Basically, drill and tap a hole for a machine screw. Glue and screw the parts together. Done. You don't have to use a 6-32 machine screw. That's just what I had in the house.
Took me about 2 hours, but I made several mistakes. You can avoid those mistakes by looking through these instructions. I think it's about an hour of work if you have the tools and do it right the first time.
You'll need a bunch of tools. If you don't already have a drill press, drill bits suitable for metal, a hack saw, file, screw drivers, etc, this will be a very expensive project. If you're without tools or experience, you should seriously consider asking your friend to do it for you.
You could just buy the replacement part, but you'll still have to take the tripod apart. The replacement part doesn't come itself; it comes packaged with the upper leg part. Also, you'll have to figure out the vintage of your tripod. Bogen has been making this model for years and there are subtle differences. (If you do buy a new part, at least recycle the broken bit.) And these are just the practical difficulties.
The reason I chose not to buy the replacement that I'm philosophically opposed to thinking of everything as disposable. Disposable items make sense for certain applications---medical supplies, for example. But do we really need to have something disposable to wipe off the kitchen counter? Or eat off of?
Repairing the stuff you already have is green because it reduces the amount of stuff in landfills and promotes responsible thinking. (It's better than recycling because recycling is often promoted by plastic-producing companies---to dull the guilt of buying plastic stuff. Also, it's harder than you'd think to recycle plastic. And the environmental impact of the transportation involved in curb-side recycling programs may offset whatever small advantage there is to recycling glass.)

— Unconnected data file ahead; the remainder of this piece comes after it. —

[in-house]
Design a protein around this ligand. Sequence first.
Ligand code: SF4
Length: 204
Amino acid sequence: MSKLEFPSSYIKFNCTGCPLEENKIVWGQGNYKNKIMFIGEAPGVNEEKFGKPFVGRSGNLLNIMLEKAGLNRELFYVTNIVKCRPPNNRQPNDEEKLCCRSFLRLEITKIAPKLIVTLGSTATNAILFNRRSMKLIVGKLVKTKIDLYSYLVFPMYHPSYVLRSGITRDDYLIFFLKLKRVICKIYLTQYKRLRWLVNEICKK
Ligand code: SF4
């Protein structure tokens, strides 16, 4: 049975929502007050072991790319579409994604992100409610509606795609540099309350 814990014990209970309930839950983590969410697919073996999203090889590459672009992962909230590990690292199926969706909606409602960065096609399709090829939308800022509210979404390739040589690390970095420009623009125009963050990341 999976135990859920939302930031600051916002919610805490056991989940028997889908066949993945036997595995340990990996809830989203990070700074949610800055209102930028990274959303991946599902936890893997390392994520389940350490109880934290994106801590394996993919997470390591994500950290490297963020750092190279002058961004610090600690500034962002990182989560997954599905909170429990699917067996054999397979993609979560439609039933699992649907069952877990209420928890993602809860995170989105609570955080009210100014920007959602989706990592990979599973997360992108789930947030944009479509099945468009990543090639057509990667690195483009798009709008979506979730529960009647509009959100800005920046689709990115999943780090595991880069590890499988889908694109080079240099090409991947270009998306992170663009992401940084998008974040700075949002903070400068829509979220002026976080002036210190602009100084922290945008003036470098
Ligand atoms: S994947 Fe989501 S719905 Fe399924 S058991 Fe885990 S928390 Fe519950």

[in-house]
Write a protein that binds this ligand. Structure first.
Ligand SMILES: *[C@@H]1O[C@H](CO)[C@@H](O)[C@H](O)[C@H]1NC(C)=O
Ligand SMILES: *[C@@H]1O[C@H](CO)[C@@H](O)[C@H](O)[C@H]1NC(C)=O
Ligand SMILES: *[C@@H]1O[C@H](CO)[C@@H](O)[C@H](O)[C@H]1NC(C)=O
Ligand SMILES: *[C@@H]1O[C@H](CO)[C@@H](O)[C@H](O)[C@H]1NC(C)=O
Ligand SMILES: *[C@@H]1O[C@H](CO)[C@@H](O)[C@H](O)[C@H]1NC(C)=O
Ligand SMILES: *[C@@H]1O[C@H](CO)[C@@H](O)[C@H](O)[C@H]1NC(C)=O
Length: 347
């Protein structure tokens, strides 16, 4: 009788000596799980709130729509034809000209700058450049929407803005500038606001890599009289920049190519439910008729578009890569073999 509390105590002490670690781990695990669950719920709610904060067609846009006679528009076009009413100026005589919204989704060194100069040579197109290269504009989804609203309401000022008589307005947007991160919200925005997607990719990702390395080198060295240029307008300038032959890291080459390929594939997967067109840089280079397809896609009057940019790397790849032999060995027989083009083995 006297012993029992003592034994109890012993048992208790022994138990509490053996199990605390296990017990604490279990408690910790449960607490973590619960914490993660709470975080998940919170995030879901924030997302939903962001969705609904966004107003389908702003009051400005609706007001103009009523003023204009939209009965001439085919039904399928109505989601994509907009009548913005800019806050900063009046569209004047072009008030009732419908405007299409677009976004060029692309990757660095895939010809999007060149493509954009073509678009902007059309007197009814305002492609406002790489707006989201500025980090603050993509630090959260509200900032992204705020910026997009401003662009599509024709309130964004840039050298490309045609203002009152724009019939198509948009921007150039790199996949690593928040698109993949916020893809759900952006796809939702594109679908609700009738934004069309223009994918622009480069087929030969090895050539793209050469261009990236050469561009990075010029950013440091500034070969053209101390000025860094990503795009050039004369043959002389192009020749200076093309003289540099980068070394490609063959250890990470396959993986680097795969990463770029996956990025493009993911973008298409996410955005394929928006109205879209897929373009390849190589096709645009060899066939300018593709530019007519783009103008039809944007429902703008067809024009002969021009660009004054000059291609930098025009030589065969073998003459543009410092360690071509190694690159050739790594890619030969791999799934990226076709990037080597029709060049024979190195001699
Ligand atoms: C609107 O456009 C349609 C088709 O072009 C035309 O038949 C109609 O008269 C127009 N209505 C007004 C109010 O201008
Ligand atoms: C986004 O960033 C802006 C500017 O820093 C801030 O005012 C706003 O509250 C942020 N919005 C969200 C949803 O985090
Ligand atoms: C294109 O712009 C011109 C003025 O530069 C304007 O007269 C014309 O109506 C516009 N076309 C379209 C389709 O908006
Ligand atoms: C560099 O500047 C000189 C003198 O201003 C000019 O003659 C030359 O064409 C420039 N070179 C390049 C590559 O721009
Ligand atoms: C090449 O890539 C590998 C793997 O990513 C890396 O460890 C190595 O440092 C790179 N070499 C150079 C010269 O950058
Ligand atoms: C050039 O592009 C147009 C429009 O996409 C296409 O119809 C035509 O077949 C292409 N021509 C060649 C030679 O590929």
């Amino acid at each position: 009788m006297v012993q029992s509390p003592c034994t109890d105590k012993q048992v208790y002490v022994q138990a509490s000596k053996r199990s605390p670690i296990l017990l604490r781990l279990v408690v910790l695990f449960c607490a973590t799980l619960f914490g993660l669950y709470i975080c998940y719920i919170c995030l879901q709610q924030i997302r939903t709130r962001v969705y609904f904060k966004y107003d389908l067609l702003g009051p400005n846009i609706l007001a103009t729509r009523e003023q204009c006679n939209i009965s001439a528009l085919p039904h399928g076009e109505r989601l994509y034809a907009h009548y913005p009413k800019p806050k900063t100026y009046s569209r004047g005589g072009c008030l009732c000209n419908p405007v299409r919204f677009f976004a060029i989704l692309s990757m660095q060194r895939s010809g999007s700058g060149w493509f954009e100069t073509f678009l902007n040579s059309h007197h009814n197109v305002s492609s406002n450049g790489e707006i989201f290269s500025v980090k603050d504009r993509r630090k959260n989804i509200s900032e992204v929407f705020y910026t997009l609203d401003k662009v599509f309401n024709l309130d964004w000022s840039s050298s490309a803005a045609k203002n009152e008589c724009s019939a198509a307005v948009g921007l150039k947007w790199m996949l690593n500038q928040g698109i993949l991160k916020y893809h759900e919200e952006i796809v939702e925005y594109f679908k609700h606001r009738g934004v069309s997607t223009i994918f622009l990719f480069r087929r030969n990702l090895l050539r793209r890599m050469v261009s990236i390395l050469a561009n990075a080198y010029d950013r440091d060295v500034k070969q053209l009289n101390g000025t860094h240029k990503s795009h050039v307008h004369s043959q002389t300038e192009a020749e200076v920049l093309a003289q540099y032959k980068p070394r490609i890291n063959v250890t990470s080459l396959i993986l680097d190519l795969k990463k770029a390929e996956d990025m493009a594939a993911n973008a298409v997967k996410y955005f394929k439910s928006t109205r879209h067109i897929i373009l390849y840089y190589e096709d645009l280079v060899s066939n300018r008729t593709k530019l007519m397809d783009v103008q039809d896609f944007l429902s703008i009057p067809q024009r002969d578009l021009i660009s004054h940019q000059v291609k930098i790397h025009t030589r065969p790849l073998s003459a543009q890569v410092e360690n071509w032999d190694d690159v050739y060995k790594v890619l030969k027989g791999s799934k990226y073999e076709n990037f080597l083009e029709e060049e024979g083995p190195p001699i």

Step 1: Disassemble and Drill
Now, epoxy the broken parts together and drill a hole. Make sure you use the right size drill bit. The upper hole should allow a 6-32 machine screw to pass through and the lower hole should be the right size for tapping threads.
Drilling one size hole through the whole thing is not a good idea because then the threads must match perfectly between the two parts. It's very likely that the parts will come apart while trying to cut threads, so I wouldn't advise it.
The depth of the hole should be enough the accommodate at least 1 cm of the machine screw. Unless you have a blind tap kit, you'll need another 5-10 mm for the tap. It's tapered, which means there won't be threads quite to the end of the tap.
Step 2: Cut Threads
The idea here is to let the small broken bit move freely on the machine screw so that it can be tightened down the the main part of the casting without a gap forming between due to thread misalignment.
It's best to not break the tap.
You can get the threads cut pretty will by hand. I've never had trouble getting the tap centered and level enough. That said, larger projects that involve harder metals may require a little more care. But for this project, you should be able to cut good enough threads without problems.
If you feel resistance (or see the tap flexing) you can back the tap out and get rid of some of the metal chips. Then go back at it. Firm pressure is needed in some cases, but caution is better than putting a project on hold until the hardware store is open the next morning.
Use a bit of light oil on the tap, if you have any.
Step 3: Assemble and Tune
The head of the machine screw will be in the way, so another modification is needed. If the screw has a pan-type head, file down a place to accommodate the head of the machine screw. Make it as perpendicular to the screw axis as possible. Other types of heads can be accommodated with counter-sunk or counter-bored holes.
Put some epoxy on the faces and in the threads (female side) and assemble the parts. Tighten the machine screw and let the glue set.
Step 4: Feel Terribly Clever
Re-Assemble the tripod and go take some pictures with it.